Women of the Word

>> Friday, December 2, 2016

I loved the first half of this book.  I was so inspired to become a better student of the Word.

By and large, we North American Christians know far too little of the God we profess to worship.  Bible literacy is at an all-time low.  I agree with the author wholeheartedly that we need to desire to study His Word ~ not just to know God better, but also to more quickly recognize erroneous thinking, false teaching, and outright lies.  So much of what we hear and read sounds good, but fits into one of those three categories nonetheless.

"Both the false teacher and the secular humanist rely on biblical ignorance for their messages to take root, and the modern church has proven fertile ground for those messages.  Because we do not know our Bibles, we crumble at the most basic challenges to our worldview.  Disillusionment and apathy eat away at our ranks.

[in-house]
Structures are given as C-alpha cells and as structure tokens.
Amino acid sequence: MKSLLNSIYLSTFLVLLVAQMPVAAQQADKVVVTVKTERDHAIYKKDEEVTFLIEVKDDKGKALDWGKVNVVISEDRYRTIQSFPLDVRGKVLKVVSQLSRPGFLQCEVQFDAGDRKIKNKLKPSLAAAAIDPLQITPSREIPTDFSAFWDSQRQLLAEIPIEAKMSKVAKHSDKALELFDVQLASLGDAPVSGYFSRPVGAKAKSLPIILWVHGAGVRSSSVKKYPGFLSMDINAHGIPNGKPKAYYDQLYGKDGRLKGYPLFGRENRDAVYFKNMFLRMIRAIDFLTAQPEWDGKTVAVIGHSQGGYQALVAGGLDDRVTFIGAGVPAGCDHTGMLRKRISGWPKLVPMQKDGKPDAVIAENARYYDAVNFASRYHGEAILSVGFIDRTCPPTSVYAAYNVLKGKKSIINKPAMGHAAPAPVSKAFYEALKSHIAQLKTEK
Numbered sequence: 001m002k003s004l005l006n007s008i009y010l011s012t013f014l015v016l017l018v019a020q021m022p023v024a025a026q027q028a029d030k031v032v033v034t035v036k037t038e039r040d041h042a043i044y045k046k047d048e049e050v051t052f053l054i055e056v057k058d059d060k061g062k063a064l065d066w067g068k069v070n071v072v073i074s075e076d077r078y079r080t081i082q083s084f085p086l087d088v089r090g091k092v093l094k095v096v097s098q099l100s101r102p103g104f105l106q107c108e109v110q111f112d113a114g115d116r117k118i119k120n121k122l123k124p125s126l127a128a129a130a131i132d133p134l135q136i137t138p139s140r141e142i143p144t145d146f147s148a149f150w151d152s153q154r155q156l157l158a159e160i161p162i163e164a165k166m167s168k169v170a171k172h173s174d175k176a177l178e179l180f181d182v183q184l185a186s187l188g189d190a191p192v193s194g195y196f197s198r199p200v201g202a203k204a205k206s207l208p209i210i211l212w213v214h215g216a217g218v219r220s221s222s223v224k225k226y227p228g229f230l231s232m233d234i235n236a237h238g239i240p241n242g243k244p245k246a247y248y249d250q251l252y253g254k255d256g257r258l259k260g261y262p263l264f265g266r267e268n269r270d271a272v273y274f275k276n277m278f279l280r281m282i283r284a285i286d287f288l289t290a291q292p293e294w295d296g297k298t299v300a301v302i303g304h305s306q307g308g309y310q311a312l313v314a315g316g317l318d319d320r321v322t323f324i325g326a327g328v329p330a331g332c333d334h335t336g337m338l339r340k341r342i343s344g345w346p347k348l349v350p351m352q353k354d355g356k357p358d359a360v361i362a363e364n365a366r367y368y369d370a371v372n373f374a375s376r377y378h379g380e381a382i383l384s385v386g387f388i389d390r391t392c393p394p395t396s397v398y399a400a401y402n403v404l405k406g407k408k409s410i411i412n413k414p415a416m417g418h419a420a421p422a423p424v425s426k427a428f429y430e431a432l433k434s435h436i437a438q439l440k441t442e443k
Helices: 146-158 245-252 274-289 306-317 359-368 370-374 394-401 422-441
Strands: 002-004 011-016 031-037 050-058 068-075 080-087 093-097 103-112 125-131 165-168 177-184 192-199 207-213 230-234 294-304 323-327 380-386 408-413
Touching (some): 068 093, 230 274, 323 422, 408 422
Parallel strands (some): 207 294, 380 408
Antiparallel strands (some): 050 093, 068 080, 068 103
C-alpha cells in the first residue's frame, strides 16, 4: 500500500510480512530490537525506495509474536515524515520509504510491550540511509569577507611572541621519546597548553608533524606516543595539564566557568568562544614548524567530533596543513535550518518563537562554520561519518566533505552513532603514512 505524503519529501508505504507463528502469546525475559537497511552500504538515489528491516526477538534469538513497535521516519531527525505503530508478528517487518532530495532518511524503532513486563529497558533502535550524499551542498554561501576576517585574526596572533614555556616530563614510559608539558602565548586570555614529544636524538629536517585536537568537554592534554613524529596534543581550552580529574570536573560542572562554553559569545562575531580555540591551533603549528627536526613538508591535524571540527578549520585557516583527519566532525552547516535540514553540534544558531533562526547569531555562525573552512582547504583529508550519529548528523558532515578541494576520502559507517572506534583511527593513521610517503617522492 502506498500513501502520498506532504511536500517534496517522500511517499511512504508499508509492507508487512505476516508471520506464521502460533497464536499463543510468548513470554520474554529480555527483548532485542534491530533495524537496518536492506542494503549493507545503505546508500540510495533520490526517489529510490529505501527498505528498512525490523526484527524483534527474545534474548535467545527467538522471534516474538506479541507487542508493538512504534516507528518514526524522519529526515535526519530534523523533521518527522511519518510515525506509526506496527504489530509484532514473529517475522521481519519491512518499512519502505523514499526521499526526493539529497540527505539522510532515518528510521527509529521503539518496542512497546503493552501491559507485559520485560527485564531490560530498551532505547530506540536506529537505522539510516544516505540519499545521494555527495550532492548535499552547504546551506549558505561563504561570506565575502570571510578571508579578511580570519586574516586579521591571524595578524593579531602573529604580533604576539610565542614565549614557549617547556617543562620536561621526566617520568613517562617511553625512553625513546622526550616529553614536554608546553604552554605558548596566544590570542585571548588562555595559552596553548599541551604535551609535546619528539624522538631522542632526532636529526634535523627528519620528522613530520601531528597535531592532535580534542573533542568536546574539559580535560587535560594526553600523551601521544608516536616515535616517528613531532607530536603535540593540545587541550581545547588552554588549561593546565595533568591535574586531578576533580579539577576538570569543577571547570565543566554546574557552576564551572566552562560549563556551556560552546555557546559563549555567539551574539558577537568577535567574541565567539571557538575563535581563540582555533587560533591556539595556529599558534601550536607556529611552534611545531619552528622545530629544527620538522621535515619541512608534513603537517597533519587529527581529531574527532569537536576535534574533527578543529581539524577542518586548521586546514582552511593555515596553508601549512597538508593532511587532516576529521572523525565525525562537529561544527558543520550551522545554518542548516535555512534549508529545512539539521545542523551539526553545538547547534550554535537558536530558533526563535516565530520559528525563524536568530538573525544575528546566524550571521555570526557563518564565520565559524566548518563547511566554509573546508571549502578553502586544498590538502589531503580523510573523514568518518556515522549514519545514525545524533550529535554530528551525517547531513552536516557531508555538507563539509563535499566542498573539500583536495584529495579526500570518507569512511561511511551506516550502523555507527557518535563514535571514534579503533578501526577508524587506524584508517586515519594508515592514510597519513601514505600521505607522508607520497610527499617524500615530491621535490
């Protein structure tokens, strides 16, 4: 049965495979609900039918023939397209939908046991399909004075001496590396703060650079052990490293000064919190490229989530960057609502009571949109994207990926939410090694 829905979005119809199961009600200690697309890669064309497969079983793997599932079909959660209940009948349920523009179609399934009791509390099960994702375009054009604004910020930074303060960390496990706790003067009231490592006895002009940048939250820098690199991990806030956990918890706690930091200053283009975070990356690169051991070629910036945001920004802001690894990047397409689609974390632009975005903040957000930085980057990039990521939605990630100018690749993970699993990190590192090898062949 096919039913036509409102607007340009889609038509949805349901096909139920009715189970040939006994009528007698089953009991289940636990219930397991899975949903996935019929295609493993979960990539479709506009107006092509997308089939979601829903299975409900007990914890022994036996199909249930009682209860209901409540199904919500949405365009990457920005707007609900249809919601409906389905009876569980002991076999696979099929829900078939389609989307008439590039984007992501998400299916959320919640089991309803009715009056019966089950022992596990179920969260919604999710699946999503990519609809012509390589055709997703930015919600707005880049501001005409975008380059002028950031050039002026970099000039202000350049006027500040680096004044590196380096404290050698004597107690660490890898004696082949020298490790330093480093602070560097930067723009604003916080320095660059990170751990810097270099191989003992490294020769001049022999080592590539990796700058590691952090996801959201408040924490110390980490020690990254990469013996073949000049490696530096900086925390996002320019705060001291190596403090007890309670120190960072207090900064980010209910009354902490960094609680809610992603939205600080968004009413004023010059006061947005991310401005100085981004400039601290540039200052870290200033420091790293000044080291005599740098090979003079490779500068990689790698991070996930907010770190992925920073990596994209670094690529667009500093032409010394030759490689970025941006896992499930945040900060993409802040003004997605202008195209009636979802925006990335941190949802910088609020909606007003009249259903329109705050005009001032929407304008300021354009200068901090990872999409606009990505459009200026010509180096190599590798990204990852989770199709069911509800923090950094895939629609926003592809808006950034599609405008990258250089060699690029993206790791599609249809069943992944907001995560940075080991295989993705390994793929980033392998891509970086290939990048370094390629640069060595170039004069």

"Home, church, community, and country desperately need the influence of women who know why they believe what they believe, grounded in the Word of God.  They desperately need the influence of women who love deeply and actively the God proclaimed in the Bible."

She lays out the most common mistakes in our approaches to Bible reading/study.  In her experience, women tend to read God's Word from six incorrect perspectives.  (I found myself in every outline ~ OUCH!) The main problem is this:
"We are like Moses," Jen says. "The Bible is our burning bush -- a faithful declaration of the presence and holiness of God.  We ask it to tell us about ourselves, and all the while it is telling us about 'I AM.' We think that if it would just tell us who we are and what we should do, then our insecurities, fears, and doubts would vanish. but our insecurities, fears, and doubts can never be banished by the knowledge of who we are.  They can only be banished by the knowledge of 'I AM.'  We must read and study the Bible with our ears trained on hearing God's declaration of Himself." (p26, emphasis mine)